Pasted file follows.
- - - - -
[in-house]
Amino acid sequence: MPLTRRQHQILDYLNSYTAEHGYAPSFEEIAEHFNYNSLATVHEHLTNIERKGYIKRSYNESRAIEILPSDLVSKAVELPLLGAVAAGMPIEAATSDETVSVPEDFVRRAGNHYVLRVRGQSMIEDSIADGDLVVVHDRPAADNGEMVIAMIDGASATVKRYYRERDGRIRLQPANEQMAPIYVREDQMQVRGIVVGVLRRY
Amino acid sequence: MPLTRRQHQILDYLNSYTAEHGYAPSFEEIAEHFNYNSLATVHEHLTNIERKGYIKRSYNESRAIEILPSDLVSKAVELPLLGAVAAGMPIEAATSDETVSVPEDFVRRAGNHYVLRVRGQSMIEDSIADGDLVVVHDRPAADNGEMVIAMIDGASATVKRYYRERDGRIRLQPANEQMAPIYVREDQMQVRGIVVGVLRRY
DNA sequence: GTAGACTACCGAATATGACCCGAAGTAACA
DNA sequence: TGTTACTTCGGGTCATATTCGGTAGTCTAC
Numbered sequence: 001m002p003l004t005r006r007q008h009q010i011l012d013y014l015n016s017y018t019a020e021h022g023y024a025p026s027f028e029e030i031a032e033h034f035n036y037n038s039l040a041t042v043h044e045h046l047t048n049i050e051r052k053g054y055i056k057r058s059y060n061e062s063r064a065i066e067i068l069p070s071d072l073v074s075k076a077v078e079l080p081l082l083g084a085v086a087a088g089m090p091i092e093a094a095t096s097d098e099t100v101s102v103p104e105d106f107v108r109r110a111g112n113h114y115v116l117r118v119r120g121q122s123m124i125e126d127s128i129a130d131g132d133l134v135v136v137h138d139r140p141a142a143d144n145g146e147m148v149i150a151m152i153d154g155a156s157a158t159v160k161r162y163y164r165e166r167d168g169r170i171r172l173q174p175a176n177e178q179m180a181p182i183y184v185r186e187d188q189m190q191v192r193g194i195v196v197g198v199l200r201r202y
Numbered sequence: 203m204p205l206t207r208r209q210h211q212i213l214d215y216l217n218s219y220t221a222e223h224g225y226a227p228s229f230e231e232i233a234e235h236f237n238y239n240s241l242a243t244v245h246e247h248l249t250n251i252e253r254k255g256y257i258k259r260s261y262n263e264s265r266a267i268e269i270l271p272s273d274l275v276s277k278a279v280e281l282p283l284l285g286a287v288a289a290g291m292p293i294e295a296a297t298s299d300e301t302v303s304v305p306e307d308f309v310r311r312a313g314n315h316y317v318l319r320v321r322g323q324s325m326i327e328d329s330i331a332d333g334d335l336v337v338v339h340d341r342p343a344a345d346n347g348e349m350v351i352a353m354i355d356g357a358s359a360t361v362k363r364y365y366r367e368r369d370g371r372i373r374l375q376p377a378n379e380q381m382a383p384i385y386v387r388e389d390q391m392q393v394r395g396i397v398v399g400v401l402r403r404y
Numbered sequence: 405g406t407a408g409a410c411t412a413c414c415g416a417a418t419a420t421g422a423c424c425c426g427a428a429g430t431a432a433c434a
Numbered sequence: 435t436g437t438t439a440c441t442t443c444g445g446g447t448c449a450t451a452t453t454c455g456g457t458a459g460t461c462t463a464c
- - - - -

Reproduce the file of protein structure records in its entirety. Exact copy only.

[in-house]
Amino acid sequence: MPLTRRQHQILDYLNSYTAEHGYAPSFEEIAEHFNYNSLATVHEHLTNIERKGYIKRSYNESRAIEILPSDLVSKAVELPLLGAVAAGMPIEAATSDETVSVPEDFVRRAGNHYVLRVRGQSMIEDSIADGDLVVVHDRPAADNGEMVIAMIDGASATVKRYYRERDGRIRLQPANEQMAPIYVREDQMQVRGIVVGVLRRY
Amino acid sequence: MPLTRRQHQILDYLNSYTAEHGYAPSFEEIAEHFNYNSLATVHEHLTNIERKGYIKRSYNESRAIEILPSDLVSKAVELPLLGAVAAGMPIEAATSDETVSVPEDFVRRAGNHYVLRVRGQSMIEDSIADGDLVVVHDRPAADNGEMVIAMIDGASATVKRYYRERDGRIRLQPANEQMAPIYVREDQMQVRGIVVGVLRRY
DNA sequence: GTAGACTACCGAATATGACCCGAAGTAACA
DNA sequence: TGTTACTTCGGGTCATATTCGGTAGTCTAC
Numbered sequence: 001m002p003l004t005r006r007q008h009q010i011l012d013y014l015n016s017y018t019a020e021h022g023y024a025p026s027f028e029e030i031a032e033h034f035n036y037n038s039l040a041t042v043h044e045h046l047t048n049i050e051r052k053g054y055i056k057r058s059y060n061e062s063r064a065i066e067i068l069p070s071d072l073v074s075k076a077v078e079l080p081l082l083g084a085v086a087a088g089m090p091i092e093a094a095t096s097d098e099t100v101s102v103p104e105d106f107v108r109r110a111g112n113h114y115v116l117r118v119r120g121q122s123m124i125e126d127s128i129a130d131g132d133l134v135v136v137h138d139r140p141a142a143d144n145g146e147m148v149i150a151m152i153d154g155a156s157a158t159v160k161r162y163y164r165e166r167d168g169r170i171r172l173q174p175a176n177e178q179m180a181p182i183y184v185r186e187d188q189m190q191v192r193g194i195v196v197g198v199l200r201r202y
Numbered sequence: 203m204p205l206t207r208r209q210h211q212i213l214d215y216l217n218s219y220t221a222e223h224g225y226a227p228s229f230e231e232i233a234e235h236f237n238y239n240s241l242a243t244v245h246e247h248l249t250n251i252e253r254k255g256y257i258k259r260s261y262n263e264s265r266a267i268e269i270l271p272s273d274l275v276s277k278a279v280e281l282p283l284l285g286a287v288a289a290g291m292p293i294e295a296a297t298s299d300e301t302v303s304v305p306e307d308f309v310r311r312a313g314n315h316y317v318l319r320v321r322g323q324s325m326i327e328d329s330i331a332d333g334d335l336v337v338v339h340d341r342p343a344a345d346n347g348e349m350v351i352a353m354i355d356g357a358s359a360t361v362k363r364y365y366r367e368r369d370g371r372i373r374l375q376p377a378n379e380q381m382a383p384i385y386v387r388e389d390q391m392q393v394r395g396i397v398v399g400v401l402r403r404y
Numbered sequence: 405g406t407a408g409a410c411t412a413c414c415g416a417a418t419a420t421g422a423c424c425c426g427a428a429g430t431a432a433c434a
Numbered sequence: 435t436g437t438t439a440c441t442t443c444g445g446g447t448c449a450t451a452t453t454c455g456g457t458a459g460t461c462t463a464c